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Tech to avoid while last-minute holiday shopping


The holidays are a time to over-indulge, buy gifts, and visit loved ones. For those who are security conscious, want to protect their children from cyber criminals, or want to avoid data extortion, there are some gifts you should definitely avoid.

In 2023, we witnessed an attack on DNA genetic testing company 23andMe and Ring sharing data with US police without user permission. There have been many issues with AI toys, smartwatches for kids, and many other devices.

Doorbells

I know what you’re thinking, but we’re not talking about any ordinary doorbell. We’re talking about video doorbells that surveil your streets and homes.

Cybernews reported that Ring shared data with US police several times without the user’s permission in 2023.

Ring expressed that this action was in ‘good faith’ and that imminent danger of death or severe injury was the motivation behind sharing this information.

Video doorbells use cameras and microphones to record interactions, which are then sent to the cloud, allowing law enforcement to access the files.

Although Ring is committed to avoiding sharing customer information with law enforcement without consent or warrant, it may be advisable to avoid this tech if you don’t want your interactions shared.

DNA testing kits

With the October hack on famous DNA genetic testing company 23andMe, avoiding these services is best, as your genetic data could be threatened.

The threat actor on the crime marketplace BreachForums claimed data from seven million users.

This file contained links to a profile list of half of the members of 23andMe while revealing personal information such as origin estimation, phenotype, and other health-related information.

Medical data is among the most profitable, as health records could be worth up to $1000 on the dark web. Once you have sent off your precious data, there is no way to revoke this action.

Furthermore, it may not just be your data that you’re compromising. As you share your genetic makeup with your family members, you could be putting others at risk.

AI gadgets for kids

As artificial intelligence has increased in popularity in 2023, some toys, dolls, and devices could threaten your child’s safety.

AI-powered toys could compromise your kids’ privacy, with some toys requiring voice recordings to interact with the device.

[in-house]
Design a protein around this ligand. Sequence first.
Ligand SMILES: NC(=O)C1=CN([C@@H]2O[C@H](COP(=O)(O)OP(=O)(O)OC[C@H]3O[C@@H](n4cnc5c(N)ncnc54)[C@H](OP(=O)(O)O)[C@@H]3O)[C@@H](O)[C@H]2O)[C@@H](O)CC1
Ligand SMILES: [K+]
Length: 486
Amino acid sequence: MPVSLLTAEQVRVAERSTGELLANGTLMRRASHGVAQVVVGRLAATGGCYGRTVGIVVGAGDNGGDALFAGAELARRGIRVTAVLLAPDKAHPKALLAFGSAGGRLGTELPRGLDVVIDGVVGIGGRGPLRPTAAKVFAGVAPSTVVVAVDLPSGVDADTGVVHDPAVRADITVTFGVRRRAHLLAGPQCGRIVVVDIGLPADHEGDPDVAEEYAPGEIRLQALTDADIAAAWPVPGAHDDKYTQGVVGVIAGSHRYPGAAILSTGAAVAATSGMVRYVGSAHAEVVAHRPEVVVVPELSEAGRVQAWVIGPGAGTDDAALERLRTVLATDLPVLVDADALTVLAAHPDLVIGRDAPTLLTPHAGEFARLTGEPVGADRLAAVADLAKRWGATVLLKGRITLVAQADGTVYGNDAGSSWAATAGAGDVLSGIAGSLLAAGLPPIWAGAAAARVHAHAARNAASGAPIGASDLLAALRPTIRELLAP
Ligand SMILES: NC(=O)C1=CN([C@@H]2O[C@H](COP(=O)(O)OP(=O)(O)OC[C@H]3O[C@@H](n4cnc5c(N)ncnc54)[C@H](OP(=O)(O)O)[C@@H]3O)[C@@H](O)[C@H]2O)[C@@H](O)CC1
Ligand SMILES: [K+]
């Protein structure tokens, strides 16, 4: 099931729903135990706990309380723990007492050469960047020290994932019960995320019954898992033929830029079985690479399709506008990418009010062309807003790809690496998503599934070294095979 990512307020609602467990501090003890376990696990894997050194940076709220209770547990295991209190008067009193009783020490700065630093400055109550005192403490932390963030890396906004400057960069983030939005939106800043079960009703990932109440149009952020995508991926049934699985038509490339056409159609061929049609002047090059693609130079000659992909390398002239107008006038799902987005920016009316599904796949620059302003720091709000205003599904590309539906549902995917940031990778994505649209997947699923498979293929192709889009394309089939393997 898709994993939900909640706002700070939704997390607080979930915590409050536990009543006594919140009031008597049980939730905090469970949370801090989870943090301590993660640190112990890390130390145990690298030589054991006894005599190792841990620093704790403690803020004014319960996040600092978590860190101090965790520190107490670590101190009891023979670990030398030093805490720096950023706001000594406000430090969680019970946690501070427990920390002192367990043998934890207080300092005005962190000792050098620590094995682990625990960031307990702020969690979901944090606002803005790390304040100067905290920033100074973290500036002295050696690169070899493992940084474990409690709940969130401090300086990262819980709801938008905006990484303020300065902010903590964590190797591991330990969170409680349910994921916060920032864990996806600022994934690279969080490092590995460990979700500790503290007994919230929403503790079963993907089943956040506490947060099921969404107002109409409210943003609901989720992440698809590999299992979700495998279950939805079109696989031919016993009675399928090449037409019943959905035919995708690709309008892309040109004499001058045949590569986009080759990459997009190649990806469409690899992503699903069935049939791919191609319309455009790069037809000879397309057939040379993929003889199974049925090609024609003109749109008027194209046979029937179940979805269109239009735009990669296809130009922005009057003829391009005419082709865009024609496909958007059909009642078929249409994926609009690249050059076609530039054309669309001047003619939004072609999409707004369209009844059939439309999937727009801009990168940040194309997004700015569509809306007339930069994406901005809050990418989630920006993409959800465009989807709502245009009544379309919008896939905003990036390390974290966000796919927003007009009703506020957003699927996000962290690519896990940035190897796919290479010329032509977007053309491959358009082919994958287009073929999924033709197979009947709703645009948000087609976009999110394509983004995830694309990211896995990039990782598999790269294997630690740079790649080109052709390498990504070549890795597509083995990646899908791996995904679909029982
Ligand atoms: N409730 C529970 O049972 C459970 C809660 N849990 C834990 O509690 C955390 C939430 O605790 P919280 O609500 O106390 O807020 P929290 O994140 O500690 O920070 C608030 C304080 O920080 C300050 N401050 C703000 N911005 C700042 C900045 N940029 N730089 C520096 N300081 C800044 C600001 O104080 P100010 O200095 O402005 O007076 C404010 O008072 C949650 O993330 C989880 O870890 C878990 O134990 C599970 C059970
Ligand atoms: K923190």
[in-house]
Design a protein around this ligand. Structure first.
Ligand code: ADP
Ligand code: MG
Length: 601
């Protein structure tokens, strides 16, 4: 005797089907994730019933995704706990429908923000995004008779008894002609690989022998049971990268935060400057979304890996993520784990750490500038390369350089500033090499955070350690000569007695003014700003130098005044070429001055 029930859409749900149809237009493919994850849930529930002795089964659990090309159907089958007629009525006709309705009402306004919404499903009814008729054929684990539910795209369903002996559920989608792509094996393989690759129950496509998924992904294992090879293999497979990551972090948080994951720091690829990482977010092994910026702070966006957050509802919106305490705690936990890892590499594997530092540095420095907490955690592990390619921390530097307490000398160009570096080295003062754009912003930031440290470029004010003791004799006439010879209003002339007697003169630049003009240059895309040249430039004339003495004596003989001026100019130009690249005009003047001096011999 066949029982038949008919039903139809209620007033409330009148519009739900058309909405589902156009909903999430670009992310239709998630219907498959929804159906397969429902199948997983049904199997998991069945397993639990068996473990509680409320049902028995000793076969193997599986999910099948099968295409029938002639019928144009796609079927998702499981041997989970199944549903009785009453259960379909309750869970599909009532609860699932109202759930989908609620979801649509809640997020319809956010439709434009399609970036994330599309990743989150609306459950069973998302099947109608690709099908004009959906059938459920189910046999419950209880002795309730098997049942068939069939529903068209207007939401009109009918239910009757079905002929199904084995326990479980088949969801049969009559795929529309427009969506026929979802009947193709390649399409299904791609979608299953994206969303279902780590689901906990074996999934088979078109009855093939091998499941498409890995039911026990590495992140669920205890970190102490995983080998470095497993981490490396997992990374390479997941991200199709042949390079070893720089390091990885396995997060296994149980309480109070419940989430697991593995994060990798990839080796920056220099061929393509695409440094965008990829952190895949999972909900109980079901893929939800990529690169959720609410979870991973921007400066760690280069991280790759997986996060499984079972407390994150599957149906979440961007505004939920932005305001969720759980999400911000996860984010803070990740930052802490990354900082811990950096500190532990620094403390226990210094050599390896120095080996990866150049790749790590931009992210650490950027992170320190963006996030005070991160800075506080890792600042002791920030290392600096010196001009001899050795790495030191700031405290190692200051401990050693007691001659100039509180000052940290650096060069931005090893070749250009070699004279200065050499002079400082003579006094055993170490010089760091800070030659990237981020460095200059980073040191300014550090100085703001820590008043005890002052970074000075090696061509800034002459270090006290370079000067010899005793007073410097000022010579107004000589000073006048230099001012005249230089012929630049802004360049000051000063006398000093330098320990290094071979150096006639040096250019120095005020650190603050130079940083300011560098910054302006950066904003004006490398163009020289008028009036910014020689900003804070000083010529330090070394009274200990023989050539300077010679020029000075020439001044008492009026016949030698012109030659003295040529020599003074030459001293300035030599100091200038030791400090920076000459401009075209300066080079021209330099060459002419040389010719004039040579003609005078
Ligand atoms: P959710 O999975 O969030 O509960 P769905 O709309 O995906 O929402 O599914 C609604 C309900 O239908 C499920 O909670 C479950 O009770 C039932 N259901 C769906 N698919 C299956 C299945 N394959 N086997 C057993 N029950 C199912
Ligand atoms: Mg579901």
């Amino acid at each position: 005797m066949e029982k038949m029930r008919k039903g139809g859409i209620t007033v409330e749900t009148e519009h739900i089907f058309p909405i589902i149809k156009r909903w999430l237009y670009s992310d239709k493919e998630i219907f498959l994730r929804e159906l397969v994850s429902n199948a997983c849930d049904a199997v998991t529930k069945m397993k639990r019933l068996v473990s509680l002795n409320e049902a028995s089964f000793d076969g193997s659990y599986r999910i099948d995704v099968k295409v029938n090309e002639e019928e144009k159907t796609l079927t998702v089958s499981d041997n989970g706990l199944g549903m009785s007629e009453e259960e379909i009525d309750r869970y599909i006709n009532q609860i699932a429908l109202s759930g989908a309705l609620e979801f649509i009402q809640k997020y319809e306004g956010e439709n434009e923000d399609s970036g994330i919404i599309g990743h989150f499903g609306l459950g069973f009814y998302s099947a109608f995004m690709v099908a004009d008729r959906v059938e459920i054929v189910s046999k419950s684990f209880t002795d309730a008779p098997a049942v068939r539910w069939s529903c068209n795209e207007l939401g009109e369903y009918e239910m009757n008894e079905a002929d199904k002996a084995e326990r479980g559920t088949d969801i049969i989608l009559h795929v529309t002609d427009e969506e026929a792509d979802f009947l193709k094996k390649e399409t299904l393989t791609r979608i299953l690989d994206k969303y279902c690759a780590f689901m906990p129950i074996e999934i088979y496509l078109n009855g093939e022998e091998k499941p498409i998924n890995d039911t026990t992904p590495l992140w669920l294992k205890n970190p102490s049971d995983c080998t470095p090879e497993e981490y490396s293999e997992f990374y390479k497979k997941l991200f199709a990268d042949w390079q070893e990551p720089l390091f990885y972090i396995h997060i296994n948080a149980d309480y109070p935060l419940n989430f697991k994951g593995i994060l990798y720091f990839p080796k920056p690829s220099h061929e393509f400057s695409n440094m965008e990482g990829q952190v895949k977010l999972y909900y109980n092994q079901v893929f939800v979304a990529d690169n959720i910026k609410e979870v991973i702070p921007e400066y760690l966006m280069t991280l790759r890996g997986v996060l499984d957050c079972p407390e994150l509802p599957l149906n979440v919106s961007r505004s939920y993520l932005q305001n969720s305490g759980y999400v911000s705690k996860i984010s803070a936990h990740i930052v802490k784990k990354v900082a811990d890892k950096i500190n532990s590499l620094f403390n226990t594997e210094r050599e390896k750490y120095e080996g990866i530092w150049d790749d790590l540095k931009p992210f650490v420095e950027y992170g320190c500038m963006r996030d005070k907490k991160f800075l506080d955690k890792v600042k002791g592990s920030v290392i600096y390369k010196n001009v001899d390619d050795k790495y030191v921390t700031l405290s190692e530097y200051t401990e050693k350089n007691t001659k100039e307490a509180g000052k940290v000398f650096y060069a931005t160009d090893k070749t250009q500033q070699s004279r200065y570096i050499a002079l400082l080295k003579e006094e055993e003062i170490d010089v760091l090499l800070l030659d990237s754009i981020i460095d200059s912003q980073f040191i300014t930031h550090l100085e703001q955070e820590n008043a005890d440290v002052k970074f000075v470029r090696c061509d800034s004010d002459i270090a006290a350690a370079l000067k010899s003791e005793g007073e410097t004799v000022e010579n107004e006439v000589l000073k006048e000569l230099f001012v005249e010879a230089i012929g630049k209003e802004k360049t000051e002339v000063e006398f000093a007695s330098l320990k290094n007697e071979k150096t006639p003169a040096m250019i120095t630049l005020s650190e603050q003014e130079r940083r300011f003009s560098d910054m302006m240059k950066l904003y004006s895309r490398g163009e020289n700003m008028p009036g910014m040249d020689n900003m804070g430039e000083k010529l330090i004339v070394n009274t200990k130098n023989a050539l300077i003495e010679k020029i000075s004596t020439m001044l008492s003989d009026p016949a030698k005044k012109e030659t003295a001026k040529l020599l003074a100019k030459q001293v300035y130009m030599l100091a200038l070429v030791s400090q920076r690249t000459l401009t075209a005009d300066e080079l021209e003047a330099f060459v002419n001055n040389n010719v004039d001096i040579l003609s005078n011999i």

Ireland’s Data Protection Commission (DPC) reminds parents that “it’s important to know that for some of these products, the voice recordings are shared with other companies, and the toys’ terms and conditions may allow for the child’s conversations to be used as the basis for targeted advertising.”

It’s not just AI dolls that threaten your children; the DPC also warns about smartwatches that track your child’s movements and enable you to speak with them remotely.

The DPC suggests that communication functions lack security and could easily be infiltrated by adversaries. Individuals could eavesdrop on conversations between you and your child or directly communicate with your children.

“The location function on these watches can also be manipulated by hackers to make the child appear somewhere else, and the SOS function can be tricked to use a non-trusted phone number,” the DPC states.

Devices hiding dangerous malware

Cheap or ‘knock-off’ devices may be hiding a dangerous secret. This year, we witnessed researcher Alexis Hancock’s suspicions become a reality when his daughter was gifted a Dragon Touch KidzPad Y88X.

The device came pre-loaded with software considered malware and other unwanted programs with a turbulent history.

Hancock’s report showed that malware, pre-installed riskware, and an obsolete parent control app were present on the device.

To avoid nasty security bugs or leaked personal information, it’s best to avoid buying unreliable devices.


More from Cybernews:

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China issues new rules and bans to curb gaming spend

Abuse material found in openly accessible data set

Teen GTA 6 hacker sentenced to live in mental hospital indefinitely

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